Its invention has been likened to that of the printing press, electricity or even the wheel but, according to a study, half of Britons who use the internet are lukewarm about it.
Researchers at Oxford University shed light on the speed at which the digital revolution is transforming life, with eight out of 10 people now relying on the internet for everyday activities - up from six out of 10 a decade ago. It also showed that growing numbers of pensioners, the disabled and the less well-off have been getting online in the past two years, while activities such as social networking are no longer the preserve of the young.
However, the study by the Oxford Internet Institute, which has been charting the progress of the digital revolution for a decade, found that one in seven internet users secretly hated it and thought it was invading their privacy and "taking control of their lives".
And almost four out of 10 used it because they had to, but had little enthusiasm for it, meaning that overall 51 per cent have at best moderate feelings about the internet.
Experts said the lack of enthusiasm felt by many could mean we are storing problems for the future, leaving Britain lagging behind countries such as China in the race to innovate. Dr Grant Blank, of the institute, said: "While most of us in Britain are now using the internet, half do it without enthusiasm."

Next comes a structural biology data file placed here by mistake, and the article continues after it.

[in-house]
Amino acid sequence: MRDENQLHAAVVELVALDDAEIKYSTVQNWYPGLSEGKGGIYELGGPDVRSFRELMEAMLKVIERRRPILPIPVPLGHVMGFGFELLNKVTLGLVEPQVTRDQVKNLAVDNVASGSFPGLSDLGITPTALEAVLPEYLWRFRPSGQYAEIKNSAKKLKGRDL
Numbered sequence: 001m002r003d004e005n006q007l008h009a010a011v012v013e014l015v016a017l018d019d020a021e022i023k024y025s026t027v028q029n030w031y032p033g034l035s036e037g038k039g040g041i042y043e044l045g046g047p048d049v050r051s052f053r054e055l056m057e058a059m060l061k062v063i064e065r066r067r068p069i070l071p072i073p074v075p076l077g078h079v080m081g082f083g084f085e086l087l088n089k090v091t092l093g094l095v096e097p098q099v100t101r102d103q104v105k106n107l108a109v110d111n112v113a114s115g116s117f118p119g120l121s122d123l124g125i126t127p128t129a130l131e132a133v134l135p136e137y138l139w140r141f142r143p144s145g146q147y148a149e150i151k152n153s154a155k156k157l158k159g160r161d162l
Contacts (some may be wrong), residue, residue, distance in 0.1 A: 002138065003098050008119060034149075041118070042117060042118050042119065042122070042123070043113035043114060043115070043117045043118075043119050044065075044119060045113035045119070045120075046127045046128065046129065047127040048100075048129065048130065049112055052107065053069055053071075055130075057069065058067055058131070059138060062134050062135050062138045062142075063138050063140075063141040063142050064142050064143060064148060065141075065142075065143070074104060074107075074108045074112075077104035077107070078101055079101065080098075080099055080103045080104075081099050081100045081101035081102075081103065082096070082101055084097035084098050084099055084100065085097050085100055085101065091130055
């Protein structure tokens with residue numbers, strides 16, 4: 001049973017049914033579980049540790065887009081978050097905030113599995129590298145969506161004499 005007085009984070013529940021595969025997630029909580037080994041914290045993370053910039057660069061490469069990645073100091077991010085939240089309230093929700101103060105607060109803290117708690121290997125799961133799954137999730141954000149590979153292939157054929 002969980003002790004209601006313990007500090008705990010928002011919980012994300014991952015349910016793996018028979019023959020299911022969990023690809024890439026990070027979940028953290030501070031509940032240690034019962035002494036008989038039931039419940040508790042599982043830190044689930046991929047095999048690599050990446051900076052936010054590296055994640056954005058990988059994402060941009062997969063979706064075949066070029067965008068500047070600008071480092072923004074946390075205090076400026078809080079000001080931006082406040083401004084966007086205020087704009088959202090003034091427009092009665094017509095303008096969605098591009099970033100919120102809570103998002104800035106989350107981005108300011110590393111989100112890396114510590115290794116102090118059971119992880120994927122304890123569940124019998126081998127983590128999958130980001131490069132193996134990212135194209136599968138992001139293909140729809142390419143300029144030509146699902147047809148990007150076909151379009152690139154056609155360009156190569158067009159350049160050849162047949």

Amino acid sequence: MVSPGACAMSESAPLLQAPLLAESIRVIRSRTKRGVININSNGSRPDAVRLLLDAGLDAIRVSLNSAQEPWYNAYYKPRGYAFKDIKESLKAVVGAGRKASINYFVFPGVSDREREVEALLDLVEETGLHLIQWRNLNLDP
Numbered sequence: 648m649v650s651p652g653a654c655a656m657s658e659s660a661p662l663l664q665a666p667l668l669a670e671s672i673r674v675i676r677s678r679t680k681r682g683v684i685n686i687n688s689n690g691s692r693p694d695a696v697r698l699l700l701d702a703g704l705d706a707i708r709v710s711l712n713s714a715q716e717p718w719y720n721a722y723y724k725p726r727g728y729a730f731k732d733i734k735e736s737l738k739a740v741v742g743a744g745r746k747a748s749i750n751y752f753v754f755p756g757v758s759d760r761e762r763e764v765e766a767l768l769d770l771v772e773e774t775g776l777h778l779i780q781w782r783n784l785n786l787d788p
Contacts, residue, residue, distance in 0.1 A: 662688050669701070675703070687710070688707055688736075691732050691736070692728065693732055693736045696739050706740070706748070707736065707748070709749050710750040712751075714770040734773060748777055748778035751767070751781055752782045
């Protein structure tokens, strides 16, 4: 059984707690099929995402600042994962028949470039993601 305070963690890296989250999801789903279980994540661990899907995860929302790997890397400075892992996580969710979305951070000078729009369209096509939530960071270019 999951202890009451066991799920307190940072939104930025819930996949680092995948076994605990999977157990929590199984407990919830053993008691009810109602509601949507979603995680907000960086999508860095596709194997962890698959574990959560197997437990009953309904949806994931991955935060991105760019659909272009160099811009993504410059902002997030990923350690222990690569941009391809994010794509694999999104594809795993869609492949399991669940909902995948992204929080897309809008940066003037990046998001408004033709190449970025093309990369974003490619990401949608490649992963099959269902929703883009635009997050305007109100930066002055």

The report, which involved detailed interviews with more than 2,000 people, showed that more and more people are relying on the internet to shop, bank, book holidays or share jokes. But the rise of social networking sites such as Facebook and Twitter appears to be grinding to halt, with 61 per cent using them - a proportion almost unchanged in two years.
For the first time a majority of middle-aged people were using social networking sites, however. The survey also suggests that pressure is growing on David Cameron to take stronger action to stop children viewing harmful material on the internet.
Amid growing concern about internet pornography and cyber-bullying, support for government controls on what children can view online has risen sharply from two thirds to three quarters.
In July the Prime Minister announced an agreement with internet service providers on new filters that would block access to online pornography unless customers explicitly opted in to view it. He also called upon search engines to block search terms used by paedophiles looking for indecent images, but stopped short of promising legislation.